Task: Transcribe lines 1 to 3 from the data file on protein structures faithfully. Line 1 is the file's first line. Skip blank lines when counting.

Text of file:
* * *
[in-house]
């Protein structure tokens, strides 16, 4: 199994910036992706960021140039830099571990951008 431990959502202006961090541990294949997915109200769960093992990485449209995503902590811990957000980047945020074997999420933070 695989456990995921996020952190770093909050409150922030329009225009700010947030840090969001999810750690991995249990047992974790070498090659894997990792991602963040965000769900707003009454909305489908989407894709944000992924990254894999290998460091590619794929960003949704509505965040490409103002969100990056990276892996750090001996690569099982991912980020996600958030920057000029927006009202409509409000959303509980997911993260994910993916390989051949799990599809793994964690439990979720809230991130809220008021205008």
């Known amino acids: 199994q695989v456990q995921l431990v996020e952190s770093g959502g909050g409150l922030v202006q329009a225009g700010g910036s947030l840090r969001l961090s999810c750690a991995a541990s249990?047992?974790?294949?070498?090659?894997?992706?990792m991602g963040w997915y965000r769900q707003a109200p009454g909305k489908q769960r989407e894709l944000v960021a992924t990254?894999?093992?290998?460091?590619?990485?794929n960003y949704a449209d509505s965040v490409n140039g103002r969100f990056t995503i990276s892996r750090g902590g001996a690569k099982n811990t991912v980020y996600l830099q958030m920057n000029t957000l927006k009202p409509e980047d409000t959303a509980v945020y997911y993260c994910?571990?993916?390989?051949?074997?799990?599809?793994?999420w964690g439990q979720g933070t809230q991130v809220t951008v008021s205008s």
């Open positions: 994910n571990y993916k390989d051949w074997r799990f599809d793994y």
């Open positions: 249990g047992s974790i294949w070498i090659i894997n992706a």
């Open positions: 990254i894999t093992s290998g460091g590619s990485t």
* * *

[in-house]
């Protein structure tokens, strides 16, 4: 199994910036992706960021140039830099571990951008 431990959502202006961090541990294949997915109200769960093992990485449209995503902590811990957000980047945020074997999420933070 695989456990995921996020952190770093909050409150922030329009225009700010947030840090969001999810750690991995249990047992974790070498090659894997990792991602963040965000769900707003009454909305489908989407894709944000992924990254894999290998460091590619794929960003949704509505965040490409103002969100990056990276892996750090001996690569099982991912980020996600958030920057000029927006009202409509409000959303509980997911993260994910993916390989051949799990599809793994964690439990979720809230991130809220008021205008």
């Known amino acids: 199994q695989v456990q995921l431990v996020e952190s770093g959502g909050g409150l922030v202006q329009a225009g700010g910036s947030l840090r969001l961090s999810c750690a991995a541990s249990?047992?974790?294949?070498?090659?894997?992706?990792m991602g963040w997915y965000r769900q707003a109200p009454g909305k489908q769960r989407e894709l944000v960021a992924t990254?894999?093992?290998?460091?590619?990485?794929n960003y949704a449209d509505s965040v490409n140039g103002r969100f990056t995503i990276s892996r750090g902590g001996a690569k099982n811990t991912v980020y996600l830099q958030m920057n000029t957000l927006k009202p409509e980047d409000t959303a509980v945020y997911y993260c994910?571990?993916?390989?051949?074997?799990?599809?793994?999420w964690g439990q979720g933070t809230q991130v809220t951008v008021s205008s």